Harnessing the Huskies


Winners of six of their last seven games, senior guard Allison Taka and the Bruins take on Washington at home today. UCLA is currently second in the Pac-10.

Winners of six of their last seven games, senior guard Allison Taka and the Bruins take on Washington at home today. UCLA is currently second in the Pac-10. Tiffany Cheng


The last time the UCLA women’s basketball team played Washington, it took a late run and some clutch defense to escape Seattle with a road win.

But that was then, and this is now.

With the Bruins in the cozy confines of Pauley Pavilion, the team hopes that no late rallies are necessary this time around.

UCLA (16-7, 9-3 Pac-10) currently sits at second place in the conference standings, rarefied air for a team that hasn’t seen such heights since their last tournament appearance in 2006. But according to head coach Nikki Caldwell, there is work yet to be done, and this team is showing no signs of folding prematurely.

“We’re progressing in a positive way,” Caldwell said after practice Tuesday afternoon. “We have taken things from the Stanford loss. It’s fun to watch them cover for each other. It seems like this team is buying into the philosophy of having each other’s back.”

That attitude has begun to pay dividends after a series of close non-conference losses earlier in the season. Since opening Pac-10 play with a road sweep of the Arizona schools, the Bruins appeared to round into form. They enter Thursday’s game having won six of their last seven games, with the only loss coming against No. 2 Stanford in Palo Alto.

“We’re really excited. We haven’t been in this position in my four years here,” senior guard Allison Taka said. “It’s a different feeling. We know we are on the right track. We all wish we could go back and play those non-conference games again, because we would not have lost those if we were playing right now.”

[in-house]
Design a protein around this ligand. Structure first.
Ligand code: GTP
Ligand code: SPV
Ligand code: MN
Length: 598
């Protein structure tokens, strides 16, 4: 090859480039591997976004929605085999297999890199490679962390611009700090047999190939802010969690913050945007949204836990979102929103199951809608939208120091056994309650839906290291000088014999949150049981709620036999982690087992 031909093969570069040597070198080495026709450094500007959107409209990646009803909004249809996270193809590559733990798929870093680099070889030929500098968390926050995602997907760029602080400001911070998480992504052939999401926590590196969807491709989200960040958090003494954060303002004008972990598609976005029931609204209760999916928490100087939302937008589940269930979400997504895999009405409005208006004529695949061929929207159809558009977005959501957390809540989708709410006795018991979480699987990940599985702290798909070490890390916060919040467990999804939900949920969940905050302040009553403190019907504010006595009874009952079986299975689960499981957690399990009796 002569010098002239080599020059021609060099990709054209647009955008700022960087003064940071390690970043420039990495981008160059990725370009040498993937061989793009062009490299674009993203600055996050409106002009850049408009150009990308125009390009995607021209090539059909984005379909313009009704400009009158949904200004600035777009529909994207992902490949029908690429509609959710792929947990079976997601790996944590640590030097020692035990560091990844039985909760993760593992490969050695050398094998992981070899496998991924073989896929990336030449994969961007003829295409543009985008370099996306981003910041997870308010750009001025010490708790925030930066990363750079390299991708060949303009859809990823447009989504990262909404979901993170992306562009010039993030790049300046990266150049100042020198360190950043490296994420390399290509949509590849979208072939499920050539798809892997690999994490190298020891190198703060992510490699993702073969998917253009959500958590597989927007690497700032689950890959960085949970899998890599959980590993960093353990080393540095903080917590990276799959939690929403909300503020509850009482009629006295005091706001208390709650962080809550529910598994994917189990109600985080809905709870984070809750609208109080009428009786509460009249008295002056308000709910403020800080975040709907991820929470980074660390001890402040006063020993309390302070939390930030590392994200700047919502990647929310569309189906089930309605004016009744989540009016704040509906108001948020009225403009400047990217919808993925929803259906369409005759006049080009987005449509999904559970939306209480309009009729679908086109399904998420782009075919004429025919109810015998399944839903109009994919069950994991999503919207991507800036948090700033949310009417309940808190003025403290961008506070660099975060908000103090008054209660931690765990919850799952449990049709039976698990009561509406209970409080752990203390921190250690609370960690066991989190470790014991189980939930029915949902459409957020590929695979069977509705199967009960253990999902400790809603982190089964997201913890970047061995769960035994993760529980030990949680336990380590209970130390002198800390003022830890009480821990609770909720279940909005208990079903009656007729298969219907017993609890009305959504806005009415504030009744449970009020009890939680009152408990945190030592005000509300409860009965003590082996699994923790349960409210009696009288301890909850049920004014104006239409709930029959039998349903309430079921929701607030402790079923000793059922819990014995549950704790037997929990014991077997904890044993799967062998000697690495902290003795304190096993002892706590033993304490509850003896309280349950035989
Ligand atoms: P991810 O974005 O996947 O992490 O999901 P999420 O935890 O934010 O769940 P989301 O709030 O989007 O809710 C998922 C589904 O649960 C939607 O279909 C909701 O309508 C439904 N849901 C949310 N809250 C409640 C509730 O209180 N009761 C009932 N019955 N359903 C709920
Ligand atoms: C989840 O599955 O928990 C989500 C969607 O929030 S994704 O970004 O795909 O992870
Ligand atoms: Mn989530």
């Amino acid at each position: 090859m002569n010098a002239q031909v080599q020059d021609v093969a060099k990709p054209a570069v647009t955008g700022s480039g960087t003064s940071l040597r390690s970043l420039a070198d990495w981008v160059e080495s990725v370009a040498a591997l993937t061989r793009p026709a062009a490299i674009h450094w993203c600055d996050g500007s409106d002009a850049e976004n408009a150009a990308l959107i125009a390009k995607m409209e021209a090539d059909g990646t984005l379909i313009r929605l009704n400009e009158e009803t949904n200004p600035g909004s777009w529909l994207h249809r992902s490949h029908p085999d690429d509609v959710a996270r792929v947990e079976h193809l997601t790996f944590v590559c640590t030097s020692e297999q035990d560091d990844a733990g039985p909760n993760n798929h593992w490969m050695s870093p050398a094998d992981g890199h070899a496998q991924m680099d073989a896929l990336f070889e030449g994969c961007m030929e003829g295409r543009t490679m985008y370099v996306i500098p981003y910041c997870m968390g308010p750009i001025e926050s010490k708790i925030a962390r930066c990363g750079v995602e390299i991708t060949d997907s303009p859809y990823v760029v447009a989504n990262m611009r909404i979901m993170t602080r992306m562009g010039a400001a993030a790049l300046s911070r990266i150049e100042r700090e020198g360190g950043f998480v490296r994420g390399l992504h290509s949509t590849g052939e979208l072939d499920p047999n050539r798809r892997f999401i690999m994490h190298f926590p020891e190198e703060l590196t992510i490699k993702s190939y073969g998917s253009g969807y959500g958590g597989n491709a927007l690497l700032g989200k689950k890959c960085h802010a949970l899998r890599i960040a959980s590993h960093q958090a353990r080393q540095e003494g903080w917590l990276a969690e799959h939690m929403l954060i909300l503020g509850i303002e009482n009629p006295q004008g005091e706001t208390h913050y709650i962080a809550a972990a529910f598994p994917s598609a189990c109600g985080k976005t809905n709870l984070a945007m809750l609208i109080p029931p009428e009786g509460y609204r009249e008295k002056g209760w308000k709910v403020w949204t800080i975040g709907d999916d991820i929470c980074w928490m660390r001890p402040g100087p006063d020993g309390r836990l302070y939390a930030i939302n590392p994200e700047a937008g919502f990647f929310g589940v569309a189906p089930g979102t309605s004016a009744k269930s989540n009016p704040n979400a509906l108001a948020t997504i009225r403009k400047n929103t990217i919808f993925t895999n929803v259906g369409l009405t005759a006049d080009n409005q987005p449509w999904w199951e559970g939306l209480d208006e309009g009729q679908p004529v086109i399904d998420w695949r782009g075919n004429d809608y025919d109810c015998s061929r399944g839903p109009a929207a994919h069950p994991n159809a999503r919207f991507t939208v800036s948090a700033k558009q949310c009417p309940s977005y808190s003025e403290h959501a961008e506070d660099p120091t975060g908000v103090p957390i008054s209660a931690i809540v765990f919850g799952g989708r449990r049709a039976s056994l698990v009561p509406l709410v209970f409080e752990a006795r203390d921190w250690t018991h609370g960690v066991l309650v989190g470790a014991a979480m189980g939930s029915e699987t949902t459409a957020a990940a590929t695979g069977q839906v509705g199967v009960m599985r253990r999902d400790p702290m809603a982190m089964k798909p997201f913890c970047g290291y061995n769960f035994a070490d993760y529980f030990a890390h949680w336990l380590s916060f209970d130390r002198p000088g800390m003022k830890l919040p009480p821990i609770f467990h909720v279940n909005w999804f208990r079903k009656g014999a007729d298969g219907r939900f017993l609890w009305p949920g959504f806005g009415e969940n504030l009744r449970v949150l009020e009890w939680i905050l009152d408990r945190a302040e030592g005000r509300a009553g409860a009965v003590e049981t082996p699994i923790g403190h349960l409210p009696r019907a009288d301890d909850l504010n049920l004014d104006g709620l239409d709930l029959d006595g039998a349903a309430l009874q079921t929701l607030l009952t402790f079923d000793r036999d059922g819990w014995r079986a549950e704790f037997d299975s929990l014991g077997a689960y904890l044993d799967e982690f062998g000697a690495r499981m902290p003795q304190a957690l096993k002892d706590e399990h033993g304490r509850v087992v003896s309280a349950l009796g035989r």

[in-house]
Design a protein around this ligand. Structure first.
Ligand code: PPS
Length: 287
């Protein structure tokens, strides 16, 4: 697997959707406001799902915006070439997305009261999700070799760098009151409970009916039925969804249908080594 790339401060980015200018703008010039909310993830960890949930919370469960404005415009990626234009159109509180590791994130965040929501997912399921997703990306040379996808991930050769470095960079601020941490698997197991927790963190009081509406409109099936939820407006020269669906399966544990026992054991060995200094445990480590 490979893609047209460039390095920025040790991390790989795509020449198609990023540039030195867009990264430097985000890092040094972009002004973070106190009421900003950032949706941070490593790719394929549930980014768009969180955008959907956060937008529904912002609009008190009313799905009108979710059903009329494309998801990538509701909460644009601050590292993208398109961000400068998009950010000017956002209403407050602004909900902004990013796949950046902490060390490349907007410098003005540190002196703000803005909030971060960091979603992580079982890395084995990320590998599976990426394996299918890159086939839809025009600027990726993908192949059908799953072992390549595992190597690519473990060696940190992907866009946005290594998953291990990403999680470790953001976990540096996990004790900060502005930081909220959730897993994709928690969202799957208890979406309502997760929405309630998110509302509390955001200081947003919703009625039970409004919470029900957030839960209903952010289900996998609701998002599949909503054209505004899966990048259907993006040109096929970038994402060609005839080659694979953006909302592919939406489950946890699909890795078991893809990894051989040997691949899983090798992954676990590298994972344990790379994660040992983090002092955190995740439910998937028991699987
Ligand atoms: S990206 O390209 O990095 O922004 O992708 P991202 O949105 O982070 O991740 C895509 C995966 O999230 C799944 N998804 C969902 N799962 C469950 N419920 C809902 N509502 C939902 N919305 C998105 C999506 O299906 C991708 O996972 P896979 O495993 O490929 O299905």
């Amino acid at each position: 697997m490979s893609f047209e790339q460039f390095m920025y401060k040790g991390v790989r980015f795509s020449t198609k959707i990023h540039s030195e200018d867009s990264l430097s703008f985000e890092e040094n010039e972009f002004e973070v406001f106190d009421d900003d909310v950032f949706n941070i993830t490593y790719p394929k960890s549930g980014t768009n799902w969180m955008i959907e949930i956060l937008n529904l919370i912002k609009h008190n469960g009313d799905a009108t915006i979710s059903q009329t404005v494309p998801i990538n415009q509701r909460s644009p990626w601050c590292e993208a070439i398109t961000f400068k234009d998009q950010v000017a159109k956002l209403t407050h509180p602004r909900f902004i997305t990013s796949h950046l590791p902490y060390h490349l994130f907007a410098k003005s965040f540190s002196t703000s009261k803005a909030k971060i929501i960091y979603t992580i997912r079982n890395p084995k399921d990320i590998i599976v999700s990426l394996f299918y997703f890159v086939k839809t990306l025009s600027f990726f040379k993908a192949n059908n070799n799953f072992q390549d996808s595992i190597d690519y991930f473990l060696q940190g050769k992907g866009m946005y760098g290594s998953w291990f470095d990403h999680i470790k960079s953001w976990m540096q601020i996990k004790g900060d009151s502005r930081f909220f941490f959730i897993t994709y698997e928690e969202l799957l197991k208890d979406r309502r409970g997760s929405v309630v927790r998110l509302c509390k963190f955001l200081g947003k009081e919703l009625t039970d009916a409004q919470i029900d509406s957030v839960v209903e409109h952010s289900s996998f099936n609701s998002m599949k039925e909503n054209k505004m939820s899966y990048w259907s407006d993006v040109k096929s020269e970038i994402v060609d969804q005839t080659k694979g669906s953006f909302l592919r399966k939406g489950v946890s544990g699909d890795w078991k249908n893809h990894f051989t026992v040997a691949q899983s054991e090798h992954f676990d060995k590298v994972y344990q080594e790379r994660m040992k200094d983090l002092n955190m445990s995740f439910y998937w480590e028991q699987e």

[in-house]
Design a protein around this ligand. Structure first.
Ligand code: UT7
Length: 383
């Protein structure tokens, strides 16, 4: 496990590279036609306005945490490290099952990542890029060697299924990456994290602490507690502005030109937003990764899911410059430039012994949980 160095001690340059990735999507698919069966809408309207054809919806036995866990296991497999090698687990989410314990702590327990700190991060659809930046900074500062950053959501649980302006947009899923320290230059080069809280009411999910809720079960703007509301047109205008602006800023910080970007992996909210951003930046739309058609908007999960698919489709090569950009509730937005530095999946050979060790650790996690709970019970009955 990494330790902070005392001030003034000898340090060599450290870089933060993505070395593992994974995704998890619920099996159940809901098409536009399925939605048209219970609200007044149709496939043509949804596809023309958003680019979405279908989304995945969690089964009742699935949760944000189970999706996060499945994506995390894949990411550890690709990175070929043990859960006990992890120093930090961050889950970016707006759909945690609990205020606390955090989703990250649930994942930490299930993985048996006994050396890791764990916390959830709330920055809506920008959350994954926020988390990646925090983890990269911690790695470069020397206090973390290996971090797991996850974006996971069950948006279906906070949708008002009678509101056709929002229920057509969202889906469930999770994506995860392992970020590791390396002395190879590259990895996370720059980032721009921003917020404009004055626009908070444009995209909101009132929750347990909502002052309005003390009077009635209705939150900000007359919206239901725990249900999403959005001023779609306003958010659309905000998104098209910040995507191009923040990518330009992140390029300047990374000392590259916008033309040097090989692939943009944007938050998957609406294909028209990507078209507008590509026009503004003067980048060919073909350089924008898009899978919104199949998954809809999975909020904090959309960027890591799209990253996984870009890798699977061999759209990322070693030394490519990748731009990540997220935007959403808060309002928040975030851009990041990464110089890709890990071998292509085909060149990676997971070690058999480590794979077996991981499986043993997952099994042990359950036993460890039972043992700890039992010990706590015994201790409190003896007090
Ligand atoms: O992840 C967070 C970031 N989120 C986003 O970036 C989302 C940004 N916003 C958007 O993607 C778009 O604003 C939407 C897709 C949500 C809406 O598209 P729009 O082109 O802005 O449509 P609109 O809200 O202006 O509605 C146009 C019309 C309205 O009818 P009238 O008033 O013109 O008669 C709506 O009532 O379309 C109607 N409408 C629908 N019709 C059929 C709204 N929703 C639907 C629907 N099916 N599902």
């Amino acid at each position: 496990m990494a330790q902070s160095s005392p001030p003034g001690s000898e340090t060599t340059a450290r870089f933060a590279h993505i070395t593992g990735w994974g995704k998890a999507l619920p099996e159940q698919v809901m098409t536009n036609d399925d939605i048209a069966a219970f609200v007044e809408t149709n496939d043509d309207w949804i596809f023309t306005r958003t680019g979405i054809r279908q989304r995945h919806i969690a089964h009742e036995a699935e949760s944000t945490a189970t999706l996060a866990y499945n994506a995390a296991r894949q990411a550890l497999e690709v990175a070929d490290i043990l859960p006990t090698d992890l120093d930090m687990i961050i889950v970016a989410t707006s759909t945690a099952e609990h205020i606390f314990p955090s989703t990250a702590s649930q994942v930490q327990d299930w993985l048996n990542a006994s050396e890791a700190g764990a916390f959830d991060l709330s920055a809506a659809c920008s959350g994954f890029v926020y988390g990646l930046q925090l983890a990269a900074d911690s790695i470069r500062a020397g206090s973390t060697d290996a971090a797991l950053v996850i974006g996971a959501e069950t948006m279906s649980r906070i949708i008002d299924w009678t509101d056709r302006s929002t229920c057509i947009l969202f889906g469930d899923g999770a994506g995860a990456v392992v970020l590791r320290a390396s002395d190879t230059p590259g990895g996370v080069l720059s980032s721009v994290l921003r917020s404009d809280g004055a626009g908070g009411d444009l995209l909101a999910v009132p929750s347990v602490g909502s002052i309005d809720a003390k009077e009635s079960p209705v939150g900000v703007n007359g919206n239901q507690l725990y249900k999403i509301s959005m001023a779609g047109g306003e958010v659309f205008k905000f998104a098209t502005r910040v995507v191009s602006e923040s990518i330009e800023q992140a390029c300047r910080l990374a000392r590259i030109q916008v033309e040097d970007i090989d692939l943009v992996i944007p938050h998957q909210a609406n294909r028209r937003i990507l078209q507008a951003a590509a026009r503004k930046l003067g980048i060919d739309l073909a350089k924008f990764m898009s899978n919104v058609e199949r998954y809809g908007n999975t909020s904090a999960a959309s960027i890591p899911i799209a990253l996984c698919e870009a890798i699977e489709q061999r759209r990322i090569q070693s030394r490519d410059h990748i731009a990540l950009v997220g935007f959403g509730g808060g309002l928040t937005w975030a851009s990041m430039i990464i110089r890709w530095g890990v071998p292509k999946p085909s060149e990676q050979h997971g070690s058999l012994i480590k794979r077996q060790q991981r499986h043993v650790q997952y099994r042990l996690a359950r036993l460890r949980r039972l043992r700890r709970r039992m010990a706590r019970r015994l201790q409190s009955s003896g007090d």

For now, though, the focus lies not on the past, but the task at hand: namely, shutting down the Huskies (9-14, 4-9) on Thursday night. Washington poses its own set of problems, especially in the form of senior guard Sami Whitcomb. Whitcomb had 16 points in the teams’ previous matchup, and is the focal point of the Huskies’ offense.

“Their guard play is really strong. We have to be better in identifying their shooters,” Caldwell said. “I hope that our guards set the tone for us defensively, because Sami is a great offensive player. She leads the attack for them. You have to be ready to match her intensity.”

The Bruins, for their part, will need to find an offensive rhythm against a patient defense that frustrated their efforts at times in Seattle. There were signs of progress, however. In the win over the Huskies, the Bruins shot 60 percent from the field in the second half. That steady production will have to continue for UCLA to keep their hot streak alive. But Taka thinks that her team is more than ready to get the home stand under way.

“When we played Washington, that was early on in the Pac-10 season,” Taka said. “We’ve grown and matured a lot since then.”

Taka should know. She has spent most of her senior season on the bench with a foot injury. In that time, she has gained a special insight on this team and their opponents, and is often seen sitting next to the assistant coaches over the course of the game.

“We’re a totally different team now,” Taka said.

UCLA should be well rested, too. At halftime of their home rout against USC, Caldwell promised her team two days off if they could play with intensity for the remainder of the game and win. Tuesday’s practice was the team’s first day back on the court since their mini-break, and the Bruins responded with a hard practice.

“They really showed maturity in having those two days off. I wanted to rest them because we won’t have that opportunity anymore.” Caldwell said. “I’m glad that they came back here with the understanding that this was a work day.”

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